Tuesday, October 23, 2018


The Netflix corner of the Marvel Cinematic Universe has been considered to be the venue for adapting superheroes of the comic book publishers for a more mature audience. And indeed, the first such series on that line, “Daredevil”, was dark, violent and bloody like nothing else in the MCU so far, despite the street-level stakes. But not all Marvel Netflix shows were that successful. The mediocre “Iron Fist” that premiered early last year and returned months ago ended up cancelled by the streaming giant. While it seemed that was the end of it, another MCU show has been axed anew.
Variety tells us that Netflix has also pulled the plug on “Luke Cage” just days after doing the same to “Iron Fist”.  This comes four months after the release of its second season, similar to its similarly cancelled sibling series. With that, the Marvel presence on Netflix has been reduced to just four: the pioneering show “Daredevil”, its follow-up “Jessica Jones”, “The Punisher”, and the team-up series “The Defenders”.
In a joint statement Marvel and Netflix dropped the bomb to audiences saying, “Unfortunately, ‘Marvel’s Luke Cage’ will not return for a third season. Everyone at Marvel Television and Netflix is grateful to the dedicated showrunner, writers, cast and crew who brought Harlem’s Hero to life for the past two seasons, and to all the fans who have supported the series.” Insider info has it that “Luke Cage” was put forth for production of a third season, with cast members put on notice. The streaming giant however made the call to axe the show citing the unfeasibility of a follow-up.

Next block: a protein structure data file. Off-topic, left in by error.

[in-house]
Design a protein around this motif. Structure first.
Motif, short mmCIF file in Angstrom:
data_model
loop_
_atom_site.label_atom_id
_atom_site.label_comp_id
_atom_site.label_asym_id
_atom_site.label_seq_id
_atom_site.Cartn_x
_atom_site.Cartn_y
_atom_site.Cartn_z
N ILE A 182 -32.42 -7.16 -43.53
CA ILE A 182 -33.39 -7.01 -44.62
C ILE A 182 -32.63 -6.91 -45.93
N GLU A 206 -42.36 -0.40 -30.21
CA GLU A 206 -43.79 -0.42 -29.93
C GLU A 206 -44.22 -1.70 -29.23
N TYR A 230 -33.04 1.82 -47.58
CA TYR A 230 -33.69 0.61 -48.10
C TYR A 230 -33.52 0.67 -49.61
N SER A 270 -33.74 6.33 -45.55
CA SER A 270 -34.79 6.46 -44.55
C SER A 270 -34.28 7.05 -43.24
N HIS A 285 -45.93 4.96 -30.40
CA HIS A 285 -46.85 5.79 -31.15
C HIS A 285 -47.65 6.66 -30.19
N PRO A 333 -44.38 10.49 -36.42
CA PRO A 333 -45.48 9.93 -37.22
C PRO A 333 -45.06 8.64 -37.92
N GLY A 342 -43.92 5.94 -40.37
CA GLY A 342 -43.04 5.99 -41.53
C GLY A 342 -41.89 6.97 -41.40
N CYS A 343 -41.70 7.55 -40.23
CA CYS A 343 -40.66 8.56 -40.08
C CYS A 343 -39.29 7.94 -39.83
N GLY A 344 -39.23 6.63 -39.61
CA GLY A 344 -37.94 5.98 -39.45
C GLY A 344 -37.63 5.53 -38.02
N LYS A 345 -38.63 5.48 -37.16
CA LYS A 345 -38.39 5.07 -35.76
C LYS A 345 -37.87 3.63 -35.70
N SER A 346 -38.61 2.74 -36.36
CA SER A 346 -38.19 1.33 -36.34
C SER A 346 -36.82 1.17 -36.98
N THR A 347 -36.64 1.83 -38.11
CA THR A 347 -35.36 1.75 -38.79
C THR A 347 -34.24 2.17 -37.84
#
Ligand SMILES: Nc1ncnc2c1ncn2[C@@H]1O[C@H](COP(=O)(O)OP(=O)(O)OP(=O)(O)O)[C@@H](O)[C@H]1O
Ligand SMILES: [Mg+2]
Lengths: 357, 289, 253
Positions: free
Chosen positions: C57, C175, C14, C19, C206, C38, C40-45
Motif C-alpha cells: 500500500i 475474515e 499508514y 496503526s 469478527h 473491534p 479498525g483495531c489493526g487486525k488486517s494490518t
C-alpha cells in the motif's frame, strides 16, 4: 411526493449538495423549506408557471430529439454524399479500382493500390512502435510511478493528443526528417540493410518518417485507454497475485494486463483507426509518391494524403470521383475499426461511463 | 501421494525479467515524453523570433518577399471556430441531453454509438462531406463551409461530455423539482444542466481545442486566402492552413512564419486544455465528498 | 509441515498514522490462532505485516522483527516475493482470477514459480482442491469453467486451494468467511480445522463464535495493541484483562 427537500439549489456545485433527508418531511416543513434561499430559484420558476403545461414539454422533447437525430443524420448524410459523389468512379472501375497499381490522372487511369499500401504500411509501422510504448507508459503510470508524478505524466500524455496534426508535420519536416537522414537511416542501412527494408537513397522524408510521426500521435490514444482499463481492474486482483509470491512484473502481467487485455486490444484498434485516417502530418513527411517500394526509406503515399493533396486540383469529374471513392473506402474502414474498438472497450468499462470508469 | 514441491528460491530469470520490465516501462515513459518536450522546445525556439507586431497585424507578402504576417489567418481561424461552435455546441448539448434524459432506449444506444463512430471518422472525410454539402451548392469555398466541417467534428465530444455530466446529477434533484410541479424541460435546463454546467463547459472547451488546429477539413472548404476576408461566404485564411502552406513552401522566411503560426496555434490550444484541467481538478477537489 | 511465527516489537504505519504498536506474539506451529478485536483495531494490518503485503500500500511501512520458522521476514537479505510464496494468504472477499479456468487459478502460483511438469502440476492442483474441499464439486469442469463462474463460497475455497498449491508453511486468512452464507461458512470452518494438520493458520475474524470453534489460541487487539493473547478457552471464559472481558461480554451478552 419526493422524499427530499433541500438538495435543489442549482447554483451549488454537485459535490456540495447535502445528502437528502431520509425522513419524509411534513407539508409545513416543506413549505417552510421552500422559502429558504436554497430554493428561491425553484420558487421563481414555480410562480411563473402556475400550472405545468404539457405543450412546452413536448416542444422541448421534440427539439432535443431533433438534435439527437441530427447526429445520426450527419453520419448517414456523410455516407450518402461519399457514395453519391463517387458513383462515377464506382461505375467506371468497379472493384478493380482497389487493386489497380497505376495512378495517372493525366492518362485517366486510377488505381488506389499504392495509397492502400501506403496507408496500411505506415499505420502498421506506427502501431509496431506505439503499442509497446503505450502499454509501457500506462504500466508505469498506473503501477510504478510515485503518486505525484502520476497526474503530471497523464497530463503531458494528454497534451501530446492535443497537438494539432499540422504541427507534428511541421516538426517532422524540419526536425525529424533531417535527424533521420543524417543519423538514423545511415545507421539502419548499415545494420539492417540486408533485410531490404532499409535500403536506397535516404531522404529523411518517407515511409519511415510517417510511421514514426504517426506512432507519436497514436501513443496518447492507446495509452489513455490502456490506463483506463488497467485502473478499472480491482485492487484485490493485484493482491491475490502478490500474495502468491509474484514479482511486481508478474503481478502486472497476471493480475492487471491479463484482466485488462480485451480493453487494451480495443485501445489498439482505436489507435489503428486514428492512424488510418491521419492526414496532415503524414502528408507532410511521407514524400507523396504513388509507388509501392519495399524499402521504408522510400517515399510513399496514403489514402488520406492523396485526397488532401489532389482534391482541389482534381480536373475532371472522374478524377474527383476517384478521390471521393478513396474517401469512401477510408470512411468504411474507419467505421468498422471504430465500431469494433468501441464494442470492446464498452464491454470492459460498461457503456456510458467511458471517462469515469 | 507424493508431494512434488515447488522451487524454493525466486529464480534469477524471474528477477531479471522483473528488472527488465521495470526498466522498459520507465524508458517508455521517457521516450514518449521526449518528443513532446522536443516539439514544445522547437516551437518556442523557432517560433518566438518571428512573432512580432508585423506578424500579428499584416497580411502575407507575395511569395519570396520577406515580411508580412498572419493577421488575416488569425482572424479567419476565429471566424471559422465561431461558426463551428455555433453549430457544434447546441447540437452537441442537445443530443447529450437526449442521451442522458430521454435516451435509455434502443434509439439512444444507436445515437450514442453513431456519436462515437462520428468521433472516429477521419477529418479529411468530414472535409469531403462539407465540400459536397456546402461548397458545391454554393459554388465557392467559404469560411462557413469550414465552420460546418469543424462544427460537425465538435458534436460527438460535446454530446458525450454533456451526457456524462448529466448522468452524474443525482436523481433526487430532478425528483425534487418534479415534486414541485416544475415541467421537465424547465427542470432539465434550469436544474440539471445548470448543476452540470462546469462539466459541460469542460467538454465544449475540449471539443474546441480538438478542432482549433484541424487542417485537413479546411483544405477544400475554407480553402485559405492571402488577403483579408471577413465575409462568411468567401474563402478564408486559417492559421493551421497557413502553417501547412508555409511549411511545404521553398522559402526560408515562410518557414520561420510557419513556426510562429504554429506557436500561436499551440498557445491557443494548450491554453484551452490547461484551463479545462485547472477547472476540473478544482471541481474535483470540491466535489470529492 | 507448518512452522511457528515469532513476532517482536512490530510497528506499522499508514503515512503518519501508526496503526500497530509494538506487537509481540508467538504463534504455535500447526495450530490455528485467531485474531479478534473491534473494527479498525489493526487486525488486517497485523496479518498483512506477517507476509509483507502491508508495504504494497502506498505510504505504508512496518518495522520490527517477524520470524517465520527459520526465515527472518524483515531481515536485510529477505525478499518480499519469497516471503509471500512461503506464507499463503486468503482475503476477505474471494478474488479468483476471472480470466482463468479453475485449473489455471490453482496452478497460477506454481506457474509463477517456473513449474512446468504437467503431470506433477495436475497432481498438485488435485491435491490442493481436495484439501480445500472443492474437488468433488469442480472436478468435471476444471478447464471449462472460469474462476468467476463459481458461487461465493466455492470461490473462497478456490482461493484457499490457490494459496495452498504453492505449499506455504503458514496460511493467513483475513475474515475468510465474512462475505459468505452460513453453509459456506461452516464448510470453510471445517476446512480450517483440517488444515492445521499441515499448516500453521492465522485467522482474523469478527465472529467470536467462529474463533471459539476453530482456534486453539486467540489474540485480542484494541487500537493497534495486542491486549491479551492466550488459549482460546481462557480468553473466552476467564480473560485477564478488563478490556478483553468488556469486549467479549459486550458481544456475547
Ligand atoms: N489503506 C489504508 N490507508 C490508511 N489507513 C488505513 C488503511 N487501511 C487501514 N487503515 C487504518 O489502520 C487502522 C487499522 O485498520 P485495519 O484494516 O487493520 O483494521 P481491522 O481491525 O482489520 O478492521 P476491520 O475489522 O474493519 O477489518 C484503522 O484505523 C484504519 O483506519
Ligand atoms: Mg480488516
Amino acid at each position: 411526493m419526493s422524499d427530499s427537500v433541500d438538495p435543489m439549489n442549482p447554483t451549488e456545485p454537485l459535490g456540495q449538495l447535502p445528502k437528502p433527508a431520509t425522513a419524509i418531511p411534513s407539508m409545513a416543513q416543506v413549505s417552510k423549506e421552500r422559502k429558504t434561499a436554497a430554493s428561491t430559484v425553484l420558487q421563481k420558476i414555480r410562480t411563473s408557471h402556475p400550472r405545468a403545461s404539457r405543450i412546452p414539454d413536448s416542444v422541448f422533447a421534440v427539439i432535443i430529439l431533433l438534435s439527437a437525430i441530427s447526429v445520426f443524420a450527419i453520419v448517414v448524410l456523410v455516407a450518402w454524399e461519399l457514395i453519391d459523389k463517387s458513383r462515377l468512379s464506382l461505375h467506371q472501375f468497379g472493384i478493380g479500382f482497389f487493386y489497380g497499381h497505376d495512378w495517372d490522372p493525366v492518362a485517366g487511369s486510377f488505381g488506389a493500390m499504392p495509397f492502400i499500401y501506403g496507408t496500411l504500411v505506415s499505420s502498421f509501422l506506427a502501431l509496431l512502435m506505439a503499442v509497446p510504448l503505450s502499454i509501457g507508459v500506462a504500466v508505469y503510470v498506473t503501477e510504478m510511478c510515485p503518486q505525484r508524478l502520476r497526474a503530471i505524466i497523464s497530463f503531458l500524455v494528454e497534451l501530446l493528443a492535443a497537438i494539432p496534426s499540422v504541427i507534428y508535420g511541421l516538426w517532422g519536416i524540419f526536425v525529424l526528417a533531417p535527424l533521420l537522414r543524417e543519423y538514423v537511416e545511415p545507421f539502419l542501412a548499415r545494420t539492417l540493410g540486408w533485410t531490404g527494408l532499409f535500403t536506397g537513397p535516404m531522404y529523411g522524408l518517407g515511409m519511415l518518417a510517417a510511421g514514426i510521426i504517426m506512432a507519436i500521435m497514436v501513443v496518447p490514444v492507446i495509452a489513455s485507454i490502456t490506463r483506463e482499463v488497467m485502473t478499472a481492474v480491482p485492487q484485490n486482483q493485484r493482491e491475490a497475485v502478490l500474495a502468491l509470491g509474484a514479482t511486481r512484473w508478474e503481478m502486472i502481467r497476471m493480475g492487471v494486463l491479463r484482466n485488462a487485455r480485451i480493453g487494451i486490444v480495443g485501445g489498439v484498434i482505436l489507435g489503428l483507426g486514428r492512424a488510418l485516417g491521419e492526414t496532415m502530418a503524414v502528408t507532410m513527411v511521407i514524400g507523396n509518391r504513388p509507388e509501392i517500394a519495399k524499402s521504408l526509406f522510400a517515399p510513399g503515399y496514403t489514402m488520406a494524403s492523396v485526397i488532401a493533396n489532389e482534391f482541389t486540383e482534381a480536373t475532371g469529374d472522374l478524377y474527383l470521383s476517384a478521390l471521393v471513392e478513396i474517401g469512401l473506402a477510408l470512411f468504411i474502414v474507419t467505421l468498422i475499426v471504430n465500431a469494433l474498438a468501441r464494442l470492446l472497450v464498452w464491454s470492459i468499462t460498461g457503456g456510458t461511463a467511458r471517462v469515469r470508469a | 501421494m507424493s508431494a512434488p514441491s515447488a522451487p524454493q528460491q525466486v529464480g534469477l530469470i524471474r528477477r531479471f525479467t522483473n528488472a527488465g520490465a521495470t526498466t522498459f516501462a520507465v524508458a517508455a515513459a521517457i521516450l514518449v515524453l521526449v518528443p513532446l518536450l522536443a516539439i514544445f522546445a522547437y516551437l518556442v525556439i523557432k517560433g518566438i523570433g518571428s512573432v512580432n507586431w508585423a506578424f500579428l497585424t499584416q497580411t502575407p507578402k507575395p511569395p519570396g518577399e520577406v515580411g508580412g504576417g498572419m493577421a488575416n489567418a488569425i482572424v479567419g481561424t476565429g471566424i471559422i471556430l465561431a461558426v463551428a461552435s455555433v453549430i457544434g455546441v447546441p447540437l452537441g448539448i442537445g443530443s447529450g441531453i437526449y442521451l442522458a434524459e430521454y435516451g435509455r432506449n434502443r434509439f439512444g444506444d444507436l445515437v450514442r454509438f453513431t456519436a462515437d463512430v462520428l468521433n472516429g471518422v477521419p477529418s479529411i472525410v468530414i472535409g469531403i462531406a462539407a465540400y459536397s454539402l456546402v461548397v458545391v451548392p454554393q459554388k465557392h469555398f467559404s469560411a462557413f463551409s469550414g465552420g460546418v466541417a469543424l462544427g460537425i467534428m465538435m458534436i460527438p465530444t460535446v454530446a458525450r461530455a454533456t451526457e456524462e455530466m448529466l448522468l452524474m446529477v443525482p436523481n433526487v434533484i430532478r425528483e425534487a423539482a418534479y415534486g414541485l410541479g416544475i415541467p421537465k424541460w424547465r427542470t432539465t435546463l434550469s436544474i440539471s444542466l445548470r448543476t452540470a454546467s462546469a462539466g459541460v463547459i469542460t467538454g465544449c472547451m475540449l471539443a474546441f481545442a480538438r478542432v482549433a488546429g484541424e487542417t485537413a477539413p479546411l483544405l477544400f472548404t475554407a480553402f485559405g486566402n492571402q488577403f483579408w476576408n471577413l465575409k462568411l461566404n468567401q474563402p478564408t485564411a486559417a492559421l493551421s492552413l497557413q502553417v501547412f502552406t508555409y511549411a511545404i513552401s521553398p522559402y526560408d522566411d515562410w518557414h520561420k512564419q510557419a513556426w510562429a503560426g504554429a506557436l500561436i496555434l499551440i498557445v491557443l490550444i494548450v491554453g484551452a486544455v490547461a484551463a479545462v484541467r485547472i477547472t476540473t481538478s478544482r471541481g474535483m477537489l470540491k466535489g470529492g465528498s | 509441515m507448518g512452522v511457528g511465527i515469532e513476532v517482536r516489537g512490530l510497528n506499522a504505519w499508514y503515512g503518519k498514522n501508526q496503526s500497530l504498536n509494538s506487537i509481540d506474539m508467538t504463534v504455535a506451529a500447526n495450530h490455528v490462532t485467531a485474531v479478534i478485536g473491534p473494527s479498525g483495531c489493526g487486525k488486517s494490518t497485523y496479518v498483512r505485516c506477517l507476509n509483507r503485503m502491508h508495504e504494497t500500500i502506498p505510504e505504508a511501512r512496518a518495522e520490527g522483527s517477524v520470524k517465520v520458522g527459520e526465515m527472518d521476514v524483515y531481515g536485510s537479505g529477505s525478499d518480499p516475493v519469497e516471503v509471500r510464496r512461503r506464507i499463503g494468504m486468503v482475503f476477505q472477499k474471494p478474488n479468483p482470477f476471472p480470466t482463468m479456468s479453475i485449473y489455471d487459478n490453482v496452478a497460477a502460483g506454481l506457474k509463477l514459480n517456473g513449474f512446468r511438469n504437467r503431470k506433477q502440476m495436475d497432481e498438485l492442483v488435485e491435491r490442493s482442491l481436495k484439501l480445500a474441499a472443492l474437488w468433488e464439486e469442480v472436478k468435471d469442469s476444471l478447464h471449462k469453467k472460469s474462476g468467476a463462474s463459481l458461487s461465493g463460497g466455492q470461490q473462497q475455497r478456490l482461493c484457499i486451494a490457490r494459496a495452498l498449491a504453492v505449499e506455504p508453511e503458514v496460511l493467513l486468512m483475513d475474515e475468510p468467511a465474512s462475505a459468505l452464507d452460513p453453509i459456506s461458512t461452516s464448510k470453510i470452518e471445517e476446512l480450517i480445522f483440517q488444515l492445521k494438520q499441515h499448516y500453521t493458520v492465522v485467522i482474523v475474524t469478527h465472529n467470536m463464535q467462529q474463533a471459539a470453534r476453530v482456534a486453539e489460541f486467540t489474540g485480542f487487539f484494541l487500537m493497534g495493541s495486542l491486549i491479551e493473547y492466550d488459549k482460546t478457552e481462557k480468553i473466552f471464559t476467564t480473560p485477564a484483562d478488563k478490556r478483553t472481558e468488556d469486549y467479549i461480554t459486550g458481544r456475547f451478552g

Unlike “Iron Fist” which starred “Game of Thrones” alumni Finn Jones, “Luke Cage” was a decent performer in terms of viewership, with a spike in the second season this past June. However according to The Hollywood Reporter was bedeviled with a rise in “creative differences”, but was unclear on whether the conflict was between series creator Cheo Hodari Coker and Marvel TV, or the long-rumored Marvel-Netflix split borne of the pullout of the former’s parent company Disney of most its other content on the streaming platform.
The final theory is gaining traction as more and more information is being disclosed on the development of Disney’s own digital streaming service, which includes its own Marvel-based content in seeming competition with Netflix. The pioneering service is assuring that the other shows are still good to go for additional seasons when needed, but after two major cancellations in less than a week, MCU fans cannot help but be concerned.
Image courtesy of CNet


Post a Comment